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    Thursday, August 11, 2022

    Hearings held on Mother Bailey House, Groton Estates community center

    The 1782 Mother Bailey House on Thames Street in Groton. (Courtesy of Jane Loeser Clukay)

    Groton — The sale of a city-owned vacant lot, proposed for a community center at the Groton Estates apartments, was voted down, after a resident raised concerns that the proposal would take away open space enjoyed by children in the community.

    The City Council voted 4-2 on Monday against the proposal for the city to sell the surplus lot at 80 Nathan Hale Road and 0 Paul Revere Road, located in the middle of Groton Estates, to Groton Estates LLC for $45,000. The city also would receive an easement around Groton Estates to extend the Birch Plain Creek Trail. 

    Groton Estates proposed building on the lot a two-story clubhouse facility, with no more than 2,500 square feet on the first floor and with a business and fitness center, for Groton Estates residents to use, Bryan LeClerc, an attorney representing the city said during a public hearing on Monday.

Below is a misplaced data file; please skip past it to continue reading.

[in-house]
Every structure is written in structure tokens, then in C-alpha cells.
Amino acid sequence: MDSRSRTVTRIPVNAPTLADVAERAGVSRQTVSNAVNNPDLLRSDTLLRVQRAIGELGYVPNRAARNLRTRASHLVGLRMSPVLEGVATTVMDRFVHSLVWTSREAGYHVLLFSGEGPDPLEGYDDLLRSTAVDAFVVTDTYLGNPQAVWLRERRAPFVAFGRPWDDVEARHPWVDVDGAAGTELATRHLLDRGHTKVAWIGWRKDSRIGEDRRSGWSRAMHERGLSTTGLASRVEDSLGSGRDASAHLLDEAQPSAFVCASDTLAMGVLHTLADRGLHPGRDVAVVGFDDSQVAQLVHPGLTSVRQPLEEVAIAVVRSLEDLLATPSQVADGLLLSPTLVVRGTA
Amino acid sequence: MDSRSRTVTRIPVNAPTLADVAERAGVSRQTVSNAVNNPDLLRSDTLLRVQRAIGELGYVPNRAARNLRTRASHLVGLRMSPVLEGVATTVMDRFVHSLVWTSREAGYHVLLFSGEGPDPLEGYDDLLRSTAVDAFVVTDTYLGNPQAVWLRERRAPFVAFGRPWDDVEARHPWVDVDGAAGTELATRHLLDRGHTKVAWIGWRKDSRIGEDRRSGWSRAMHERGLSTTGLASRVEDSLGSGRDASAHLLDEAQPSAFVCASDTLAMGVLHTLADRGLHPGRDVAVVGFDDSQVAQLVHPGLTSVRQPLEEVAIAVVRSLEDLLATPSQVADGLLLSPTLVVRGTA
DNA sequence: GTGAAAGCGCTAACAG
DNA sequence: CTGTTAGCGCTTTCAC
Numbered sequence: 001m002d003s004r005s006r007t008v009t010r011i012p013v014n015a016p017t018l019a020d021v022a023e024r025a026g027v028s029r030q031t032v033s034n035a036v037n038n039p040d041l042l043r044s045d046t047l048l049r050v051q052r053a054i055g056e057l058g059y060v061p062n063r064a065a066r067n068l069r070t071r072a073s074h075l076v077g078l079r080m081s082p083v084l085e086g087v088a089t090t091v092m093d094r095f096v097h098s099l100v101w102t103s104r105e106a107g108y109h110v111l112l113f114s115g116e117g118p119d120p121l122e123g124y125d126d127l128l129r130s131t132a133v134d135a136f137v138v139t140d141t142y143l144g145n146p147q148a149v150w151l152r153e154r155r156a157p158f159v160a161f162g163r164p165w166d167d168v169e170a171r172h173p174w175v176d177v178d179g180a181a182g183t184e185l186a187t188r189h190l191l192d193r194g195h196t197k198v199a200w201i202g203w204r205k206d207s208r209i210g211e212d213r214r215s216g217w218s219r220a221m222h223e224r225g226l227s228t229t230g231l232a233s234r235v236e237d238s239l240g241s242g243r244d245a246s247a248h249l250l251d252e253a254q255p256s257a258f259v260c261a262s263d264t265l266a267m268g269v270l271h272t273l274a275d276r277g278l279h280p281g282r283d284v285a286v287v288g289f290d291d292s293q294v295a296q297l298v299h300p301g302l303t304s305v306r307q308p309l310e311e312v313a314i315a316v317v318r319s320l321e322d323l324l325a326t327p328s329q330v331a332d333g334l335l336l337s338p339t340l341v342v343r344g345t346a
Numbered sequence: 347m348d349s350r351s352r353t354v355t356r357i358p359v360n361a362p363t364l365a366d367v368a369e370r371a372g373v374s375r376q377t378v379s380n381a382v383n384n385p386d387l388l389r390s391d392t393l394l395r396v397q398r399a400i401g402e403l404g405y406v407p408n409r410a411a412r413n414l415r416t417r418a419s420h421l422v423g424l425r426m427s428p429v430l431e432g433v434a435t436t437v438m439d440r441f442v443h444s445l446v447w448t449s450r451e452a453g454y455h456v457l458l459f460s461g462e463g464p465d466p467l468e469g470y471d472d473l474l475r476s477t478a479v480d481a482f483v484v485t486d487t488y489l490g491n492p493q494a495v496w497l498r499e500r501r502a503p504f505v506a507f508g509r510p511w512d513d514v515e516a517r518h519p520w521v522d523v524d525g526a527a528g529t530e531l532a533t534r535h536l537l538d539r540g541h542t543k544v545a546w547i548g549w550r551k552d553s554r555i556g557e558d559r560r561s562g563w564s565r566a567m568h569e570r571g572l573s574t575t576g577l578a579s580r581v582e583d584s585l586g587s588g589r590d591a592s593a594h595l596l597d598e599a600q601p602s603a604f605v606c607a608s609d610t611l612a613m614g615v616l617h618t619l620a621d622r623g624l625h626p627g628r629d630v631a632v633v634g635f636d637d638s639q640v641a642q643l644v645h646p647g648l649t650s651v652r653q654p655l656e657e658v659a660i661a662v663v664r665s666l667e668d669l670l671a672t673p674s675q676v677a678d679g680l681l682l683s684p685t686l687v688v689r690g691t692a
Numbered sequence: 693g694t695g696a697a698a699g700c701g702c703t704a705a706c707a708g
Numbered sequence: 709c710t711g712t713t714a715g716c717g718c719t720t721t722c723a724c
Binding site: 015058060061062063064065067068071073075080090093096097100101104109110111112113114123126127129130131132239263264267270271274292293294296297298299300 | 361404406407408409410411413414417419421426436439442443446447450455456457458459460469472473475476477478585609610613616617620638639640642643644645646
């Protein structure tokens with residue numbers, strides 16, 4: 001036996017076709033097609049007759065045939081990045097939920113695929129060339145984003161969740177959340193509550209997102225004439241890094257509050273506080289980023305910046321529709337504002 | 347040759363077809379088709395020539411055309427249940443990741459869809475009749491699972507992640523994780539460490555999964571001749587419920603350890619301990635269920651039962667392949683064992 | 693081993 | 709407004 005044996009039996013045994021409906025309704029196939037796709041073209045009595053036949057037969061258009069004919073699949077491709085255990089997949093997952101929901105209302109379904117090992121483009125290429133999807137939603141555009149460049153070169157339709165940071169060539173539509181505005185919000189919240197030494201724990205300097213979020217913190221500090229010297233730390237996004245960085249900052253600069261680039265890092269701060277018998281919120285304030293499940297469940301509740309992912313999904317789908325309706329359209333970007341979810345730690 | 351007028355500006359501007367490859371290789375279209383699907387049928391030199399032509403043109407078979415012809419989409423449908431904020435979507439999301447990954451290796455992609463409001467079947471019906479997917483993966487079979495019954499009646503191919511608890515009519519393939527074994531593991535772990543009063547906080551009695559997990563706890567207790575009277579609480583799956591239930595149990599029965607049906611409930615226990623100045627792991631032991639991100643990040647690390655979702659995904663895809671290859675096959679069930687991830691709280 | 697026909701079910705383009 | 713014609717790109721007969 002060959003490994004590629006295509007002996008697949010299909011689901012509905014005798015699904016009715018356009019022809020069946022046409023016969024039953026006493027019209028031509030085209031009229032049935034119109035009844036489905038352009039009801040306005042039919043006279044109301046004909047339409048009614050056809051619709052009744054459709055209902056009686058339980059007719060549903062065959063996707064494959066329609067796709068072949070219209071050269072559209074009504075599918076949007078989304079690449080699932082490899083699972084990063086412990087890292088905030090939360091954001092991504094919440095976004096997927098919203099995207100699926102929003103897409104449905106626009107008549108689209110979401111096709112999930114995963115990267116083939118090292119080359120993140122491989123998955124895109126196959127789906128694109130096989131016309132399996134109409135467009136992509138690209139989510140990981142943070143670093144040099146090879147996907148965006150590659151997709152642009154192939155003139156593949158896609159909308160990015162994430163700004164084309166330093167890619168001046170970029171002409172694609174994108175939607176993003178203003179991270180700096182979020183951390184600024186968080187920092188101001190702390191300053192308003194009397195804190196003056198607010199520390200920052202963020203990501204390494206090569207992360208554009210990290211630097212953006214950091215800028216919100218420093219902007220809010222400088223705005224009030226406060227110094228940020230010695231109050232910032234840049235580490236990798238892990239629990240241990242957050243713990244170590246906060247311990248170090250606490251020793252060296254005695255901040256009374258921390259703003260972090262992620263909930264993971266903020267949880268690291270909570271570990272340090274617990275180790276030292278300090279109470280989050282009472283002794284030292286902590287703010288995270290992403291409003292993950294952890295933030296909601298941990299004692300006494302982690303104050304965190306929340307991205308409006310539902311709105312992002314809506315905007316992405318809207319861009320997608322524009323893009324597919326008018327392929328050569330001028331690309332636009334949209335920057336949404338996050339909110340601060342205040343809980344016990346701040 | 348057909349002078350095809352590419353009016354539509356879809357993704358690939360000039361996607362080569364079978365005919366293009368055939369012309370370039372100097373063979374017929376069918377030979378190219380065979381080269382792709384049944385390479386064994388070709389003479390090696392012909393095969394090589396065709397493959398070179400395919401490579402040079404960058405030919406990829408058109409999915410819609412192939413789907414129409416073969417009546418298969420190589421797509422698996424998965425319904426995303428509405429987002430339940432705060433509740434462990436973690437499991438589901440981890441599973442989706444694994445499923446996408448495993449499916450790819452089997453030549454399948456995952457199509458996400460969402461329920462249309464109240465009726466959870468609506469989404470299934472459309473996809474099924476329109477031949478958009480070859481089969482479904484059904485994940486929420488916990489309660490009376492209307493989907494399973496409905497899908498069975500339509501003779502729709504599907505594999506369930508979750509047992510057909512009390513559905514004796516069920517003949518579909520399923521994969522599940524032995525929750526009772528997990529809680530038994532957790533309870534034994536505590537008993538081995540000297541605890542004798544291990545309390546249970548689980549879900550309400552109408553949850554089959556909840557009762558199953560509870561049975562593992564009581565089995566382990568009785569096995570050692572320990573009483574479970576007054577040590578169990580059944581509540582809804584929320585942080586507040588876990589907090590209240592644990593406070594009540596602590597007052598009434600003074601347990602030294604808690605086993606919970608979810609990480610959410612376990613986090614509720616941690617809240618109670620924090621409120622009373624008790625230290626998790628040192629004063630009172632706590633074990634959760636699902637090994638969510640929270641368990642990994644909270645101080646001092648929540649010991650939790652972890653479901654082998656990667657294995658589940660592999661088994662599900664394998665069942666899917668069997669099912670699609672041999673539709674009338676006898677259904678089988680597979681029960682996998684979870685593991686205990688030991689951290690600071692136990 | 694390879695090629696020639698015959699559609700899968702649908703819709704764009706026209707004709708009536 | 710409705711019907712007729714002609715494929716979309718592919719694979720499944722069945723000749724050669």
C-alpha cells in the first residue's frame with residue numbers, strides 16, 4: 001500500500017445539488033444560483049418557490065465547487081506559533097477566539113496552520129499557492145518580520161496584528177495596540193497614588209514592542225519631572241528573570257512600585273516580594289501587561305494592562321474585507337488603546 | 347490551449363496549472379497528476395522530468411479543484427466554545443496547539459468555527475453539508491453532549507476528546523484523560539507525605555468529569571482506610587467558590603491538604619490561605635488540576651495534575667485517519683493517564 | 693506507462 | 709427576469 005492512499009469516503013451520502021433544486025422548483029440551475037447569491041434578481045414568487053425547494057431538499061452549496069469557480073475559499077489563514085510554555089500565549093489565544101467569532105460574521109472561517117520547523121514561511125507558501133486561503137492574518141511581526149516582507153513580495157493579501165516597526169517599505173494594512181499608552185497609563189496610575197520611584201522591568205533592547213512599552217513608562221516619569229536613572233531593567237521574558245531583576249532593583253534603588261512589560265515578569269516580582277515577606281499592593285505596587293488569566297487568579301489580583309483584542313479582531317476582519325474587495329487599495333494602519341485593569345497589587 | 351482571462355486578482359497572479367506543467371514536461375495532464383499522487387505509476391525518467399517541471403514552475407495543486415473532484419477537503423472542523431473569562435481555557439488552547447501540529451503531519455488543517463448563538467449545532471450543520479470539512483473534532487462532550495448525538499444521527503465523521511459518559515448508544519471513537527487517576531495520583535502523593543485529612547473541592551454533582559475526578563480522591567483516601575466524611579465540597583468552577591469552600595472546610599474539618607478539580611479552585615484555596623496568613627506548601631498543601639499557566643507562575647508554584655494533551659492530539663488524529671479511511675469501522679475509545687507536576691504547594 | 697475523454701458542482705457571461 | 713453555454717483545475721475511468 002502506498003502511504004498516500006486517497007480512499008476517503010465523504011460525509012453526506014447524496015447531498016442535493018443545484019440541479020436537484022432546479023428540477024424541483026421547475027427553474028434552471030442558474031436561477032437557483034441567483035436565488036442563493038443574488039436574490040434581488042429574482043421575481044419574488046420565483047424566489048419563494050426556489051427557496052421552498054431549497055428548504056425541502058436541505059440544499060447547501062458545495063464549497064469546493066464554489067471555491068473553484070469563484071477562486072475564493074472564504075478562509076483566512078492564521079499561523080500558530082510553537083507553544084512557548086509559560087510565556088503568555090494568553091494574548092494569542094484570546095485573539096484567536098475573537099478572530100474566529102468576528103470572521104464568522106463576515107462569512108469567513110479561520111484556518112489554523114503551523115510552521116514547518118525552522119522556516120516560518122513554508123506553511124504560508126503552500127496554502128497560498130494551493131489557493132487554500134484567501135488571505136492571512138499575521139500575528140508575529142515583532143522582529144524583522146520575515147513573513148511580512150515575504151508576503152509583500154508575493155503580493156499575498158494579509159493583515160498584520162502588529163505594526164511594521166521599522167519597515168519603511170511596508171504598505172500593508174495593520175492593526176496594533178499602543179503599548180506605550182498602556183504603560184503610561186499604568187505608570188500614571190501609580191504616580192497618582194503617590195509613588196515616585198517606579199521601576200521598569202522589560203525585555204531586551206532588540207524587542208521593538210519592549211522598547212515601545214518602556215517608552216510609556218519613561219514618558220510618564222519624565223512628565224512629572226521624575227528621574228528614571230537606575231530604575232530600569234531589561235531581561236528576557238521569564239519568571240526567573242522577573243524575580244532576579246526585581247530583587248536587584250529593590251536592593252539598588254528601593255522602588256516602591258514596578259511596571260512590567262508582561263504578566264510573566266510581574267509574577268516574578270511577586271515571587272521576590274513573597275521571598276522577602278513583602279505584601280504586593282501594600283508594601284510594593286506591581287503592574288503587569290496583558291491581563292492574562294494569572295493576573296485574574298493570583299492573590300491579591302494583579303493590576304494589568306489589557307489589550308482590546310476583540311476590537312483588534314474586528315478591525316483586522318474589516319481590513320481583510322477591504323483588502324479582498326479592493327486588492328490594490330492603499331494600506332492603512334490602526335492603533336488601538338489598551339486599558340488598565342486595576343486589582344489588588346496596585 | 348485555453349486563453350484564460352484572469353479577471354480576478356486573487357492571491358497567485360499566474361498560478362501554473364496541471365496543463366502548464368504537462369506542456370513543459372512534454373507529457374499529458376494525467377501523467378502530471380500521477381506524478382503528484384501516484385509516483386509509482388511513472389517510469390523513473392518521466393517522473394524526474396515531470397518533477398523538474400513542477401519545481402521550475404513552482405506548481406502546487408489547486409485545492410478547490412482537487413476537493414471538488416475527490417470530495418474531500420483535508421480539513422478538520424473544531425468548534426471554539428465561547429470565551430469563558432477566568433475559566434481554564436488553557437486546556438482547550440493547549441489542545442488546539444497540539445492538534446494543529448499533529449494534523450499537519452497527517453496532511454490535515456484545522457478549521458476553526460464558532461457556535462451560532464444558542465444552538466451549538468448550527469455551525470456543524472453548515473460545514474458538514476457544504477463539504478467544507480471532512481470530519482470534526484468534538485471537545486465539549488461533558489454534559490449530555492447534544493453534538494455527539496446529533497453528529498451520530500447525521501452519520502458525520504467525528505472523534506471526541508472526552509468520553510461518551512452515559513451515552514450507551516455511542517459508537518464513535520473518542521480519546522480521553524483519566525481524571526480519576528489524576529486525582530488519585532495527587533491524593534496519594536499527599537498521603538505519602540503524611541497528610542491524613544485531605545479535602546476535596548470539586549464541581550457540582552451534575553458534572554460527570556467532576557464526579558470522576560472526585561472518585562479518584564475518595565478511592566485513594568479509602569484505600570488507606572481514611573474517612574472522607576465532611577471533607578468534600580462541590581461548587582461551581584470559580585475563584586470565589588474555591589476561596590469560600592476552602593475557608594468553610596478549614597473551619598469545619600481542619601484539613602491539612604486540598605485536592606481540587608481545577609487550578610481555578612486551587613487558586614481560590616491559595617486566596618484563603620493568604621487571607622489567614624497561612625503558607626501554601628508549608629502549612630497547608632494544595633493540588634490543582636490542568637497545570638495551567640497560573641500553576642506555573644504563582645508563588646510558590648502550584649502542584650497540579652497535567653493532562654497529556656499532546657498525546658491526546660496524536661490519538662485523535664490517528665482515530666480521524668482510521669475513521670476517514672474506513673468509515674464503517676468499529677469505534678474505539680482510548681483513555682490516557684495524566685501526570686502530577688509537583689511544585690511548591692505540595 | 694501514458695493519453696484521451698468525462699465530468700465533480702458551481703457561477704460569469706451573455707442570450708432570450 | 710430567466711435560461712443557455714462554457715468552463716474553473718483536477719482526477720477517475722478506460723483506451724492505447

Groton Estates resident Shauntee Duzant spoke against the proposal, with some additional speakers sharing her concerns. She said she found out about the proposal when she was going for a walk and was taken by surprise. She said her two children play on the open field and interact with their peers there, and during the pandemic, families used the space for picnics.

    “We don’t have a backyard,” added Duzant, who said residents should be alerted to the sale and have a vote on it. “That is our backyard.”

    Resident Paul Duarte said he was in favor of the proposal because he was happy for an opportunity to extend the Birch Plain Creek Trail.

    During the City Council meeting, Councilors and the mayor discussed additional ways to get the word out to residents, beyond public notices and Facebook posts, such as knocking on doors or distributing flyers.

    City Mayor Keith Hedrick said Tuesday that the city is reviewing next steps and may reach out to the community and hold another Planning and Zoning Commission hearing. The proposal started in 2016 and went before the commission, but there was a delay from the owner of Groton Estates and then a delay due to the coronavirus pandemic.

    Mother Bailey House

    The city unveiled at Monday’s public hearing the details of a proposal for the Mother Bailey House at 108 Thames St. and an adjacent parcel at 0 Broad St., but postponed a vote by the City Council. Hedrick said the city realized it needs to have a hearing before the Planning and Zoning Commission on 0 Broad St., which will be held on June 15. The proposed sale of 108 Thames St. and 0 Broad St. is slated to come before the City Council on June 21.